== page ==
The Good: Scans your paper documents, and makes the documents easily accessible and searchable from the Web
The Bad: Can't delete unwanted pages from digital files; no fax-in method
The Bottom Line: A useful service for cutting down paper clutter
Life comes with too much paper, especially if you're like me: a mildly obsessive but poorly organized pack-rat.
I'm afraid to throw away potentially useful pieces of paper out of fear that I'll need them later. This often results in my personal spaces at home and at the office looking disorganized—some would say a mess. I envy people who are good at organizing, and at depositing bills, financial statements, and other important documents into file cabinets. I marvel at the spaces of well-organized colleagues whose offices look orderly.
Paper has a funny way of accumulating. I've long been in the habit of clipping interesting things from newspapers and magazines, though now I'll often grab copies of stuff I like online and save it to my hard drive. But what about the stuff you can't just grab from a Google (GOOG) search—the stuff that's only on paper?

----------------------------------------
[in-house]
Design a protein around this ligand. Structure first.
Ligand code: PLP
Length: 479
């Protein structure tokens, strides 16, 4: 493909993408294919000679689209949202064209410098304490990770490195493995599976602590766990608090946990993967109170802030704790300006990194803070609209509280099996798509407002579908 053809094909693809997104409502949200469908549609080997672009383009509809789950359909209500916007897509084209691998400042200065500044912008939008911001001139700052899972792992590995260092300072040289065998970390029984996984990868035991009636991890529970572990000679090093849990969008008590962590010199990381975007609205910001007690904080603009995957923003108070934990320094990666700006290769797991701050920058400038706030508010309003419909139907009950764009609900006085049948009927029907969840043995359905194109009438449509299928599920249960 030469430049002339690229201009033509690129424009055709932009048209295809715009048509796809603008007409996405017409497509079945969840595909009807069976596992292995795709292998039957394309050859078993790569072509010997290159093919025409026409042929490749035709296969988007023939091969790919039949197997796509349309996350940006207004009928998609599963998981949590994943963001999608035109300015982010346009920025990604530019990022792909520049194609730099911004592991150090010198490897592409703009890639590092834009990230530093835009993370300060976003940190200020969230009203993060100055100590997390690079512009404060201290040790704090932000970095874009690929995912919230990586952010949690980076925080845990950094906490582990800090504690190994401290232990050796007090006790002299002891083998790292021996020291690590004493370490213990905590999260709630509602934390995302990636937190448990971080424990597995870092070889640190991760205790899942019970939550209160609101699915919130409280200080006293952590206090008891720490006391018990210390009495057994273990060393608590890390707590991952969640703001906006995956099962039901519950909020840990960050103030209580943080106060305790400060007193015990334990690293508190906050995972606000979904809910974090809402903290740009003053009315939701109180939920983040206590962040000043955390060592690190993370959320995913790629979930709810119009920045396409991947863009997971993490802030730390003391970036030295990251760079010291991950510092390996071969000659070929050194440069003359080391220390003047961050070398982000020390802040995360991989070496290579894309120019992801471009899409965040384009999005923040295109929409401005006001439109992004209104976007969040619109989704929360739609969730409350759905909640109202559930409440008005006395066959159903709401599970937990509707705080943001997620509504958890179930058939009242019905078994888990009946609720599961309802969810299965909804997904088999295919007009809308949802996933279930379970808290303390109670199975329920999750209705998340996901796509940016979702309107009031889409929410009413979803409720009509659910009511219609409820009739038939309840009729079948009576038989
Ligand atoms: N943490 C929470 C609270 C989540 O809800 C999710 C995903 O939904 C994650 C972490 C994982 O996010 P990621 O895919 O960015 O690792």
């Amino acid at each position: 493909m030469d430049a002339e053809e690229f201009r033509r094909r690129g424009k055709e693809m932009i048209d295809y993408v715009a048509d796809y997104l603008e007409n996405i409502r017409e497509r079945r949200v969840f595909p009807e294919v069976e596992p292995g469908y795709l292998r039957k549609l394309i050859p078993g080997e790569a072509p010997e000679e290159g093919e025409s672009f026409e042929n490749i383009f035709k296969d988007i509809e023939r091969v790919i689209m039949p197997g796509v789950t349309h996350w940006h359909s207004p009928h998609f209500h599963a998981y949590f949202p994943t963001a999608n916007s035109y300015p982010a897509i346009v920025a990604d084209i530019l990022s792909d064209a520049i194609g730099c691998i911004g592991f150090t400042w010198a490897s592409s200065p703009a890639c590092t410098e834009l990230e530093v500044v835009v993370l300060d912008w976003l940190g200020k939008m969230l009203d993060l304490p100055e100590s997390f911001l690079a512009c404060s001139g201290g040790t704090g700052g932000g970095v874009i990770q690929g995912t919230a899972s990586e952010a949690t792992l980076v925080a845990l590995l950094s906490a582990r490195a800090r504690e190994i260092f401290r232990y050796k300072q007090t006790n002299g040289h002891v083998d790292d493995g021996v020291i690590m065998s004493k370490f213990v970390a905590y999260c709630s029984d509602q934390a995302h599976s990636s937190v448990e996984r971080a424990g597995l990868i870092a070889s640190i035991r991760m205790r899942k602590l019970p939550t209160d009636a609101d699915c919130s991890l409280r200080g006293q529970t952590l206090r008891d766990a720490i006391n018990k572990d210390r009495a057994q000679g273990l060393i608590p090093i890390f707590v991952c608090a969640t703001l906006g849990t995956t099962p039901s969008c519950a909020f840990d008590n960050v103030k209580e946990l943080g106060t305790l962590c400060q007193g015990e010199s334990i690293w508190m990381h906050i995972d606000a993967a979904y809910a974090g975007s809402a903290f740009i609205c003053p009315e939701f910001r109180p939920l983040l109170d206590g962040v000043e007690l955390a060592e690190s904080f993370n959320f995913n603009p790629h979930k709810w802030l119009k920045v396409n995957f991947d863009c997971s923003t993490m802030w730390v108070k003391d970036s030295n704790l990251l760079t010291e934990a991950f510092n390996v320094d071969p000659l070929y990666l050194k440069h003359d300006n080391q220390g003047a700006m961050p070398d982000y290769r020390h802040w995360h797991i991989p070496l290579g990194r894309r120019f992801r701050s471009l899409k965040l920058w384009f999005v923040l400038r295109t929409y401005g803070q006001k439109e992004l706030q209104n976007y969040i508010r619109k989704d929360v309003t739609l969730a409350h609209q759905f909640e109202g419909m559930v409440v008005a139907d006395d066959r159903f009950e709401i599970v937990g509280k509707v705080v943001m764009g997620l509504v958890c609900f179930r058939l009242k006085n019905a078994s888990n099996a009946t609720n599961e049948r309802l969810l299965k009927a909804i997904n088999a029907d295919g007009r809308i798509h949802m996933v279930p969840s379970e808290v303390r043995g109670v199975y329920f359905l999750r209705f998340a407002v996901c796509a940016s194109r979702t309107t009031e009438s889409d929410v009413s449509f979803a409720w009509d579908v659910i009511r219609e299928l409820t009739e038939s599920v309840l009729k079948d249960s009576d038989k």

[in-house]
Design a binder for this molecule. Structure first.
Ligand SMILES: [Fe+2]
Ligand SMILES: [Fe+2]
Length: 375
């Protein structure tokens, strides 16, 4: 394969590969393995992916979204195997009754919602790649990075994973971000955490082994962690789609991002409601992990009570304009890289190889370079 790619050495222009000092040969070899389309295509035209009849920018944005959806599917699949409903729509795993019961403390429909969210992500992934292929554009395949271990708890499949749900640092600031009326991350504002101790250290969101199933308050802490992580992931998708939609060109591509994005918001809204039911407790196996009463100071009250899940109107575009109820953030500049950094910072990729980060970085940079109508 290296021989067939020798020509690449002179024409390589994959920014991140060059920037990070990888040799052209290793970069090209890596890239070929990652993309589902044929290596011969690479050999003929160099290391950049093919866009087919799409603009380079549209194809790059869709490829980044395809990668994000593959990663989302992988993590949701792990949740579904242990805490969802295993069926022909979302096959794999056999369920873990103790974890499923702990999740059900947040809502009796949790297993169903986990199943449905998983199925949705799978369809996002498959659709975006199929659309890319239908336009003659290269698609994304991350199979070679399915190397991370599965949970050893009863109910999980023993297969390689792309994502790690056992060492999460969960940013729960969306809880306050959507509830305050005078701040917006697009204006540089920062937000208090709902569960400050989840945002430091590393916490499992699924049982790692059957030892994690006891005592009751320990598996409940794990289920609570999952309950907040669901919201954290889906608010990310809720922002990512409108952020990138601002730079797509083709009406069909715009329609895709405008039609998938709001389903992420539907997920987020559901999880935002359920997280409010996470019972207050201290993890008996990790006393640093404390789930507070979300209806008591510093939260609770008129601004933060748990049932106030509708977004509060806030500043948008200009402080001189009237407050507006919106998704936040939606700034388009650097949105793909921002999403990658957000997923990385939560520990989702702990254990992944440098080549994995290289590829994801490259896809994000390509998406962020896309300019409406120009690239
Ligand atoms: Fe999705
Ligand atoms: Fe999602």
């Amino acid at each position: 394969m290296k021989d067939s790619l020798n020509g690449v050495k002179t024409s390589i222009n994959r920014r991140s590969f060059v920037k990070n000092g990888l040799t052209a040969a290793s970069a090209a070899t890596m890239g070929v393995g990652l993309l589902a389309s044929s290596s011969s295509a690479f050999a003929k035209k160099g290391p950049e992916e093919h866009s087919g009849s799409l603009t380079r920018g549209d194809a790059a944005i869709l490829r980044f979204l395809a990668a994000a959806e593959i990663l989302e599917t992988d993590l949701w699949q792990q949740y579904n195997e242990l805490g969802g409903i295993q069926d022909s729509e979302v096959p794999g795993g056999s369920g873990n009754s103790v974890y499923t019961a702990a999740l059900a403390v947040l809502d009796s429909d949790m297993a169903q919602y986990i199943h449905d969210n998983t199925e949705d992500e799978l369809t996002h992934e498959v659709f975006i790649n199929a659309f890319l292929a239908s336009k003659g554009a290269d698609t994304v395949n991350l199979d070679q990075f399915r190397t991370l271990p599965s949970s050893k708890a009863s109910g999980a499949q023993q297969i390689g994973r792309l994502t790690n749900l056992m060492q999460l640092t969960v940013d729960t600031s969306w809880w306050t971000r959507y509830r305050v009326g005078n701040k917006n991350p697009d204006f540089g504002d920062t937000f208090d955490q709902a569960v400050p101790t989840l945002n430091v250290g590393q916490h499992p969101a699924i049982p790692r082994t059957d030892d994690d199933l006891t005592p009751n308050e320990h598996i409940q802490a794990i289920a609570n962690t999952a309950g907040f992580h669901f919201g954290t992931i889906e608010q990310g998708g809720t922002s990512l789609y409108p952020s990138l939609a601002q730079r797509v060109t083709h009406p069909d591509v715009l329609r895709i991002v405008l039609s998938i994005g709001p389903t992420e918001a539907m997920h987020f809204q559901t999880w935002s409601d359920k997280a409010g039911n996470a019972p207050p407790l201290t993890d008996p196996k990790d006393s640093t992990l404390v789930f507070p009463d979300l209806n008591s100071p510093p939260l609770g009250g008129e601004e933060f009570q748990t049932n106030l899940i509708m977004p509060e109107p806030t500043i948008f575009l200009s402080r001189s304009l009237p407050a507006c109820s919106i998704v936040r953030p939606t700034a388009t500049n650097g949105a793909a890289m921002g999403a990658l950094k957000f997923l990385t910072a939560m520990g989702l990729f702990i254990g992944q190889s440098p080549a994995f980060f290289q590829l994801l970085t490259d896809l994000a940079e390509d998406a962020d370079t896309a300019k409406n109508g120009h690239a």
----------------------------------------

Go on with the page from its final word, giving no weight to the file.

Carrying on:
THAT PINK FLOYD REVIEW
For instance, I have hundreds of articles from early in my career—I started out as a newspaper reporter—that are boxed away in a basement, slowly decaying. I have a life's worth of other analogous ephemera that for whatever reason I'd like to preserve in digital form: a review in a French newspaper of a 1988 Pink Floyd concert I attended, old recipes found in magazines that I still want to try, memorable cards and letters from family and friends, tax and legal records, financial statements. All this is scattered about with no rhyme or reason in cabinets and boxes in my home and office.
Some of it—the articles I've written, especially—I'd like to scan and store on my computer's hard drive and perhaps publish on the Web. There are excellent document scanners on the market that make that task fairly easy to do, but then who has the time, let alone the organizational skills? I'd prefer instead to hire someone to do the scanning and then organize the digital files into some sense of order.